Honk! Squeak! What the heck is that? A goose playing the trumpet? If you're going through puberty (say: PYOO-bur-tee), it could be your voice. Both boys and girls experience voice changes as they grow older, but girls' voices get only a little deeper. A boy's voice, on the other hand, may change quite a bit — from sounding like a little kid to sounding like somebody's dad!
How does this happen? The larynx (say: LAIR-inks), also known as your voice box, actually gets bigger during puberty. The larynx, located in your throat, is a tube-shaped piece of cartilage — the same stuff your ears and your nose are made from. One of its jobs is to let you talk, sing, hum, yell, laugh, and make all sorts of noises.
When a boy reaches puberty, his body begins making lots of testosterone (say: tes-TOSS-tuh-rone). The testosterone causes his larynx to grow and his vocal cords to get longer and thicker. Vocal cords are thin muscles that stretch across the larynx like rubber bands.
When you speak, air rushes from your lungs and makes your vocal cords vibrate, producing the sound of your voice. If you've ever plucked a small, thin rubber band, you've heard the high-pitched twang it makes when it's stretched. A thicker rubber band makes a deeper, lower-pitched twang. It's the same sort of thing with vocal cords.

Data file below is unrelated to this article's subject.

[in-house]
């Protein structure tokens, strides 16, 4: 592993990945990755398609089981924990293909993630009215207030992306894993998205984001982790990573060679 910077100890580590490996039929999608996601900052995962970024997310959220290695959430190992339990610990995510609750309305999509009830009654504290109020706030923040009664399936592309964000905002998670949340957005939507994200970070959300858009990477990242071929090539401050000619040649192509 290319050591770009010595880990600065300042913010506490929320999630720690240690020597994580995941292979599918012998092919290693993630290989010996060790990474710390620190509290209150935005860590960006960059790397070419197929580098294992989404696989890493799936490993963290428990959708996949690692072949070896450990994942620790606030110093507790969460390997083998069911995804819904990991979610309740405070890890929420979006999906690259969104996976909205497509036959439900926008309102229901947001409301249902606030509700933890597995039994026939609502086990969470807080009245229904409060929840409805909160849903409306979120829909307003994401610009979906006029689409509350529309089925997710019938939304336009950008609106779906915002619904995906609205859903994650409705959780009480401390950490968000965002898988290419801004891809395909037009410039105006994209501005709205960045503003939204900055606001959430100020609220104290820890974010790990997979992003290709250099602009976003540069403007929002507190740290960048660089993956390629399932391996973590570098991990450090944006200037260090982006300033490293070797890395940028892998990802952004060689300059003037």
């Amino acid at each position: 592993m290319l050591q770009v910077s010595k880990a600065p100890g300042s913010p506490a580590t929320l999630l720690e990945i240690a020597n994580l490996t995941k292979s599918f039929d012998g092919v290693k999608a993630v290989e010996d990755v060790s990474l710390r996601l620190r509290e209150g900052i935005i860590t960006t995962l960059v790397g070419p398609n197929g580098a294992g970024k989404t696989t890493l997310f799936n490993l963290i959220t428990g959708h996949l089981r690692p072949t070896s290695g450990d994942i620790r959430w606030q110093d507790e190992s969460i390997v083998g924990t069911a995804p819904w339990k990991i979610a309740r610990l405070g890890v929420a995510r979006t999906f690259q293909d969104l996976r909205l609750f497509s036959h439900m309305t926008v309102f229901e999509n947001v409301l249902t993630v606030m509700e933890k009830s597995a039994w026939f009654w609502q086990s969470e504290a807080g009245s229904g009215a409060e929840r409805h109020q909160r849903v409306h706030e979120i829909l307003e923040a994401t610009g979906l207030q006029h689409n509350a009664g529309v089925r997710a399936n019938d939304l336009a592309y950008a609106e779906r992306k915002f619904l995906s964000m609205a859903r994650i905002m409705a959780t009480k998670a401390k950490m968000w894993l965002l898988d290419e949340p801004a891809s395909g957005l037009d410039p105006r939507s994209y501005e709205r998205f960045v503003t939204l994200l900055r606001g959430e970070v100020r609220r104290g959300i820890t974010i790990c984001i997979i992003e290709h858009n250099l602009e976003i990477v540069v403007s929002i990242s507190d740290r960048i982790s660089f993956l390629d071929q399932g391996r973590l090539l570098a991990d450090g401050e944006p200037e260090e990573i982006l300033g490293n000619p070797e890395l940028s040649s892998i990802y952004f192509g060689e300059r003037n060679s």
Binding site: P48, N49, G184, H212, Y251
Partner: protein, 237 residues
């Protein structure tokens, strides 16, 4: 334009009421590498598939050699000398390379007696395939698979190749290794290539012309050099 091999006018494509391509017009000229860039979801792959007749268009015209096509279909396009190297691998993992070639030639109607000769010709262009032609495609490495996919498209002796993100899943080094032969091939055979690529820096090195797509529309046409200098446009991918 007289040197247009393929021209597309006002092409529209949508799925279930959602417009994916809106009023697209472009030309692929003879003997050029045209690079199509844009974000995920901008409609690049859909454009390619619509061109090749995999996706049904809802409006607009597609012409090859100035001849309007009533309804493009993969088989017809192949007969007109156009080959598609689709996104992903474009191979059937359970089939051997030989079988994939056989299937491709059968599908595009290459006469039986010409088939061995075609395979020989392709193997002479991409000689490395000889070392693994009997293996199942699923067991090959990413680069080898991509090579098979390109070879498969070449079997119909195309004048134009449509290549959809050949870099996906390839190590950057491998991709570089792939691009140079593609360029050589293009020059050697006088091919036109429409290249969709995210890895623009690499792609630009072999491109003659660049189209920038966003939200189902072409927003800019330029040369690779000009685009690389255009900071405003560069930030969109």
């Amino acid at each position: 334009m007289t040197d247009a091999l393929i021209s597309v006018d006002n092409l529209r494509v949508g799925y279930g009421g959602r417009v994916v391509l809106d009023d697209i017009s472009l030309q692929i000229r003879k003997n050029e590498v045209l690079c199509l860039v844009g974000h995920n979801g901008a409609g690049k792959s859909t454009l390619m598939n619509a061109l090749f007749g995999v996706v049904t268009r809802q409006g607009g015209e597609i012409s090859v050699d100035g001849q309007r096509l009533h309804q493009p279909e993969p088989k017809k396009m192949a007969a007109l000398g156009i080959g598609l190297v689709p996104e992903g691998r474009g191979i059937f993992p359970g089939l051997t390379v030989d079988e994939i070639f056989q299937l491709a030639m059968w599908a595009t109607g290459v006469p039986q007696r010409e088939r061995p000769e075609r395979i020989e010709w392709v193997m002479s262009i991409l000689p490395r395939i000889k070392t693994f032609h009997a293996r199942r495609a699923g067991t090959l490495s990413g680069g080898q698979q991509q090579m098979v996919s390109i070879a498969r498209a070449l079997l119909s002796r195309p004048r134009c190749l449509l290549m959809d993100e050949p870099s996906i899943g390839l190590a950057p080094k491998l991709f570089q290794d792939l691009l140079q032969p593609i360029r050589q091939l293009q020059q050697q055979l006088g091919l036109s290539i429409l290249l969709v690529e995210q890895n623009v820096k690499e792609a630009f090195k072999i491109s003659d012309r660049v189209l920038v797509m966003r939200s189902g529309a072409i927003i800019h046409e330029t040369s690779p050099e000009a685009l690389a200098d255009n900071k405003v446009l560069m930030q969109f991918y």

Before you reach puberty, your larynx is pretty small and your vocal cords are kind of small and thin. That's why your voice is higher than an adult's. As you go through puberty, the larynx gets bigger and the vocal cords lengthen and thicken, so your voice gets deeper. As your body adjusts to this changing equipment, your voice may "crack" or "break." But this process lasts only a few months. Once the larynx is finished growing, your voice won't make those unpredictable, funny noises anymore.
Not only do older guys and men sound different from boys, but you can also see the difference in their necks. When the larynx grows bigger, it tilts to a different angle and part of it sticks out inside the neck. You can see it at the front of the throat. This is known as the Adam's apple.
For girls, the larynx also grows bigger but not as much as in boys, so you can't see it through a girl's skin. There is no "Eve's apple" in a woman's neck.
Everyone's timetable is different, so some kids' voices might start to change earlier and some might start a little later. Some voices might drop gradually, whereas others might drop quickly.
If this hasn't happened to you yet, don't worry. And if you're going through this now, try not to stress too much about the funny noises you make. It can help to talk to a parent, an older sibling, or a friend who's already gone through the voice change. Before you know it, your voice will sound clear, strong, and more grown-up!
Reviewed by: Steven Dowshen, MD
Date reviewed: June 2015
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